Lastly, the several “union-like” police organizations that, while they fiercely protected their officers as much as they could from what they considered to be unfair treatment by powerful politicians, Chicago businesses or even the complaints of ordinary citizens, their very existence also created a barrier that caused all sides to be more cautious in their relations, and maintained a kind of tension that was not such a healthy work environment for any person to live under, day after day after day, for decades.

I developed a great respect for so many of these men I came to know on a personal level, as I came to realized that on any day, at anytime, some stranger might shoot a bullet at one of them notbecause of some personal grudge, even motivated by an uncontrollable need for revenge.  But just because that particular cop, on that particular day, was wearing the blue uniform of The Chicago Police Department, and for some evil souls, that was reason enough to kill one of them.

How many people would volunteer for a job where that sort of irrational deadly risk was a daily part of the work they woke up to do, every morning?

How could I not feel a deep empathy, even as a teenager, for these brave men whose job, essentially, was to protect me, my friends, my family, or just any group of anonymous but vulnerable people, every dayof their career? 

I believe that the seeds of my compassion, for John and his partner, were planted at that moment when I saw his total vulnerability and despair, in his eyes.

Maybe on the surface I still wanted revenge. On that day that the assault on me occurred, I wanted to hurt those men as badly as they had hurt me.  Or worse.   

But those seeds of understanding never stopped growing, and eventually overwhelmed any other vengeful thought or emotion connected to my brutal beating that terrible night on South Shore Drive, in April, 1968.

had to forgive them. 

There never really was any other choice, for me.


Comment by Mike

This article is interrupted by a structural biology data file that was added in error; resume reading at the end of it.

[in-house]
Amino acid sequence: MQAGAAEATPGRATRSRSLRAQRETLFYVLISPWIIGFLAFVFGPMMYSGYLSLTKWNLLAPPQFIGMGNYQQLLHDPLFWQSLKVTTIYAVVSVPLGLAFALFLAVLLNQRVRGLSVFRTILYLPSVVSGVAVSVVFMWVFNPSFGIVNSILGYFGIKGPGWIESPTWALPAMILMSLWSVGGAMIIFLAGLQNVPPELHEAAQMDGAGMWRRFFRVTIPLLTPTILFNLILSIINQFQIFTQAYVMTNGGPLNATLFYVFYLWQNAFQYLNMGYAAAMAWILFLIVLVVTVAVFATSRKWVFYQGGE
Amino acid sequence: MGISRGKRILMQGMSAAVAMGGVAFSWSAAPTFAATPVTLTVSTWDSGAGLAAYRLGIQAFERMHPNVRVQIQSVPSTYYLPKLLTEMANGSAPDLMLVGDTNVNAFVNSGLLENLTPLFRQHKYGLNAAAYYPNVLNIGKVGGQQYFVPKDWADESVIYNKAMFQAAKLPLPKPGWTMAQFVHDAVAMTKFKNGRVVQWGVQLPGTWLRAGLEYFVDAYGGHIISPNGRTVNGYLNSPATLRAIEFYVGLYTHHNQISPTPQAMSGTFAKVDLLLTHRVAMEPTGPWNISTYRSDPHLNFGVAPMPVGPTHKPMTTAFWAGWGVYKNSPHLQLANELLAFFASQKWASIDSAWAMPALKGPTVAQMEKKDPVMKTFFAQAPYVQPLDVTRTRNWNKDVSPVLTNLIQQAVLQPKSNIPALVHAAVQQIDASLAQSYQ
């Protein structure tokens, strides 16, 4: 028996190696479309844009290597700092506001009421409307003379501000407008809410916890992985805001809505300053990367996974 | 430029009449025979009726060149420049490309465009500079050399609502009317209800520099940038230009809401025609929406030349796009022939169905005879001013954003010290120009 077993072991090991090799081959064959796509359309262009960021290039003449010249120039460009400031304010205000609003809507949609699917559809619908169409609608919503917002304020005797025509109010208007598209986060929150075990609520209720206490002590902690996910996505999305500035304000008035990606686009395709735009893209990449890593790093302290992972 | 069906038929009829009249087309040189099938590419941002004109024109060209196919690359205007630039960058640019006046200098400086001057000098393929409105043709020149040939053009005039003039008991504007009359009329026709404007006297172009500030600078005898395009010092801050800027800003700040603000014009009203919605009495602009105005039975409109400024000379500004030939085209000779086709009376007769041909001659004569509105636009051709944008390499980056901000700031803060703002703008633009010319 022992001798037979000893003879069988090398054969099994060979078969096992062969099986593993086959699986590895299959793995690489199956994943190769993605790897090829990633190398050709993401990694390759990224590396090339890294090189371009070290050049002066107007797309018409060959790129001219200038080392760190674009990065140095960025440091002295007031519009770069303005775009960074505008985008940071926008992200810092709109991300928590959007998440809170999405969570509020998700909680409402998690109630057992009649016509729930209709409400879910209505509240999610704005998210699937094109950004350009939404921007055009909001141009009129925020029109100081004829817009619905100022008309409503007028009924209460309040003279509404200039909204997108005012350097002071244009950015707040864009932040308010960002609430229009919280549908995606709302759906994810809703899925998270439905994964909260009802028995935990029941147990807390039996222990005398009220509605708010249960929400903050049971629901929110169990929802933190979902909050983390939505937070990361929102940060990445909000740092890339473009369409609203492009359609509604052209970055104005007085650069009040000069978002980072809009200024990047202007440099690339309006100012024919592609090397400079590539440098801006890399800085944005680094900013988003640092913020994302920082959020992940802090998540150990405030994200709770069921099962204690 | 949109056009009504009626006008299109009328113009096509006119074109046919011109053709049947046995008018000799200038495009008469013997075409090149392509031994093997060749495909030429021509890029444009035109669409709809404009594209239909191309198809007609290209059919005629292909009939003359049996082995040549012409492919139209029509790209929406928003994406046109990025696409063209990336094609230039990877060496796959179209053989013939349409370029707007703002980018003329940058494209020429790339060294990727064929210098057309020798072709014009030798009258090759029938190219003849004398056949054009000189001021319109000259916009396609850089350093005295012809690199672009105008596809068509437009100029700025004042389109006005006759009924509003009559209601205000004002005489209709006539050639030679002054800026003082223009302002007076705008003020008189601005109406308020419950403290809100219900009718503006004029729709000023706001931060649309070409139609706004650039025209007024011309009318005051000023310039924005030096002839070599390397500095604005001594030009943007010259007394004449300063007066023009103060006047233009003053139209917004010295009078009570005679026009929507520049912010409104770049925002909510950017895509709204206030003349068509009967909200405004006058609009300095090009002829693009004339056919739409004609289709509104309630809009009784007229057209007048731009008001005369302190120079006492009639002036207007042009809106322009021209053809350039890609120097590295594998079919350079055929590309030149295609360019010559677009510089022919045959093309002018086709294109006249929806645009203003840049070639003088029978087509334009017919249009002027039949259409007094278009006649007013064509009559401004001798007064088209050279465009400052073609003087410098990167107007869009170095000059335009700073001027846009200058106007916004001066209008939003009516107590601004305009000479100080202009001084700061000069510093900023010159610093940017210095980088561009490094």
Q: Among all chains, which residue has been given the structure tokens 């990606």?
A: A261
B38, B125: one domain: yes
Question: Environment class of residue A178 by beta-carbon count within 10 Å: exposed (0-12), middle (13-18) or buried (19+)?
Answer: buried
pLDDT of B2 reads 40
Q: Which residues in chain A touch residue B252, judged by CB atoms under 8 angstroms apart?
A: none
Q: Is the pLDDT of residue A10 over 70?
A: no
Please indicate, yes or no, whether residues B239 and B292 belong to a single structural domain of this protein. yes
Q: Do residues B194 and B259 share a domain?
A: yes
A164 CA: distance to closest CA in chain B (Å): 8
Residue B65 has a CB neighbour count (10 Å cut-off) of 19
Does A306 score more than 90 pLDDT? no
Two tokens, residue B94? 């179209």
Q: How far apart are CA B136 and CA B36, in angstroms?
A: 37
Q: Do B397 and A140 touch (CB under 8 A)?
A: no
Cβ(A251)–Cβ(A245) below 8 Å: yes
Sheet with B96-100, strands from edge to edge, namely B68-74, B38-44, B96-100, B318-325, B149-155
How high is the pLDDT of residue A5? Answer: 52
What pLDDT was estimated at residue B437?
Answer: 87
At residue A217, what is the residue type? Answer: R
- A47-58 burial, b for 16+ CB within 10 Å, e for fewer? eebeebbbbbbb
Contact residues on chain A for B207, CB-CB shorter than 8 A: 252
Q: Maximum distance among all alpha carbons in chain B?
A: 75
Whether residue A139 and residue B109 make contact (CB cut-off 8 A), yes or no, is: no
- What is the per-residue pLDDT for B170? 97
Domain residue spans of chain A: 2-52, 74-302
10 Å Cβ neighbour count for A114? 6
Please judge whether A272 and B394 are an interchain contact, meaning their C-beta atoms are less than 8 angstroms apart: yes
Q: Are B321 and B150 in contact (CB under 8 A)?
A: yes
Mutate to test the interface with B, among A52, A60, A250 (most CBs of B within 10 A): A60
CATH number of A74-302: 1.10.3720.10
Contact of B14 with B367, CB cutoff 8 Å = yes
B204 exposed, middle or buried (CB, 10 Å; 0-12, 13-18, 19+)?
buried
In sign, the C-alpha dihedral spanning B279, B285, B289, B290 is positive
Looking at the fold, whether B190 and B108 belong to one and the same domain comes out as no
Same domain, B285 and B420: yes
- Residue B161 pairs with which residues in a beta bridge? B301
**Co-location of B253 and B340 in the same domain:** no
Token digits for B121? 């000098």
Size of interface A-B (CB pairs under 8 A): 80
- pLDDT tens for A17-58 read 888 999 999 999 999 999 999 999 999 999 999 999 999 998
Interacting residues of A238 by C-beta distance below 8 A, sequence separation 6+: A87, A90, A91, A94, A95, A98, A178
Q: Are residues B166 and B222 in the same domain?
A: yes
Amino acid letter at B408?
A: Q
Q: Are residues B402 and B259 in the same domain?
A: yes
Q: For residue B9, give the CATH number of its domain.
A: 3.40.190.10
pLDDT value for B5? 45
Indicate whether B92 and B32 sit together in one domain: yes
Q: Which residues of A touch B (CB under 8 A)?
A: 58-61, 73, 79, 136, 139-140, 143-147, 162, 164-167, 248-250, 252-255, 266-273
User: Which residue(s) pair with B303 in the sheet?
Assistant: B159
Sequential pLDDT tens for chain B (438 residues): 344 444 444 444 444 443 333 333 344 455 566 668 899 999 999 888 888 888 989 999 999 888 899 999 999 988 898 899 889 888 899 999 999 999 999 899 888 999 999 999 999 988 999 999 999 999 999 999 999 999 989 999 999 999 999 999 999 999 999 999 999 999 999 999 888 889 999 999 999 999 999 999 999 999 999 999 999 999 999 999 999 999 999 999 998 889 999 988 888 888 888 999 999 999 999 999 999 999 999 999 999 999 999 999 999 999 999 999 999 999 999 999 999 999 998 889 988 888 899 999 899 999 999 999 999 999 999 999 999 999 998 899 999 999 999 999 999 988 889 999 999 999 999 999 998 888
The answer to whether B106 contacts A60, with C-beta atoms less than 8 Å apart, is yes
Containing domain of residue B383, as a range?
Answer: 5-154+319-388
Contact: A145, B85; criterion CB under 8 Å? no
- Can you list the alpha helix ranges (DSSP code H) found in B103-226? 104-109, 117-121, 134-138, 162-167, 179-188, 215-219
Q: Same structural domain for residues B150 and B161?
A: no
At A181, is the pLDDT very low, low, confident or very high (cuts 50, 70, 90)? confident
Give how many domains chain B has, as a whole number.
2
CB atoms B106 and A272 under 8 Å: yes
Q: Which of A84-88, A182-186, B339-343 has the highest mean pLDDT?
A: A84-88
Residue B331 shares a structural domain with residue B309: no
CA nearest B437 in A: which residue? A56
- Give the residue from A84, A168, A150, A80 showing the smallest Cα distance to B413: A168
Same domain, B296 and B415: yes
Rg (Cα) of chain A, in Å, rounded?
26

April 26, 2022 @ 9:46 am

This is a wonderful story. I am so glad to have read it.
Law Enforcement Officers have a tremendous bourdon to carry with terrible choices to make in a split second.

Comment by Arnie

April 26, 2022 @ 11:29 am


After your information about Robert Morse, and my comment that I’ll keep watching for “TRU” on TCM, somehow I saw a snippet of your encounter with the Chicago police in 1968. I decided to read the article nonstop. Took me a good 45 minutes, I’m thinking, “you’re in the wrong business,” as you really should have been an author. I think, in the coming weeks, months or years, I’ll try to read more.

Comment by brad Dechter

April 26, 2022 @ 1:20 pm

Love Arnie’s comment- you should have been an author.
Bob – a nice story.
I get it- flying towards 70, I could someday need the police. But honestly, I spent my entire life fearing the police, knowing that there is no protection for me/my loved ones should they make a bad decision about me/us. Sort of scary to have your life in the hands of a perfect stranger and they then make a mistake?
I felt the story was well written albeit a tad long. Could I suggest that when you have a story over a certain amount of words, or that takes close to or more than 10 minutes to read, you let the reader know? Even though I enjoyed the story, I felt if I had known how long it was I would have picked a different environment to read it.
Good read- thank you!

Comment by Eileen Schroeder

April 27, 2022 @ 6:24 am

the story is about getting to know you…thank you for sharing

Comment by Stephen Veenker

April 27, 2022 @ 3:39 pm

I have considered you a friend since 1973, and read your posts, but this in something quite different, and moving. You ARE a writer, something we’ve always known. I missed this story when it was new, but I will share it widely today. I already sent it to a friend whose birthday is today; yours is upon us, and mine is Sunday. Happy birthday!

Comment by G

April 27, 2022 @ 3:51 pm

I have reason to believe

your experience us the

“tip of the iceberg”

and appreciate your

publishing your story.

Public cameras, whether

police body cams or

cameras on street lights

might provide evidence

to motivate legislation

that alters police behavior.

There does not even yet

an anonymous report

line such as yhe FAA

has for aviation incidents.

And of course, the question

of federal legislation

restricting police violence

is as yet not even contemplated

to the best of my knowledge.

Comment by Karen

April 28, 2022 @ 4:27 am

Great story. Obviously the cops were wrong. I feel sorry for police today, they have less power now. No way would they have gotten away with what they did to you. They did a lot more in 1968 and got away with a lot more. ( not that it was right) Today they have to be afraid to even make traffic stops. I don’t know why anyone would want their job.

Comment by Dan Rosenheim

April 30, 2022 @ 8:13 pm

Quite a story, moving and well told.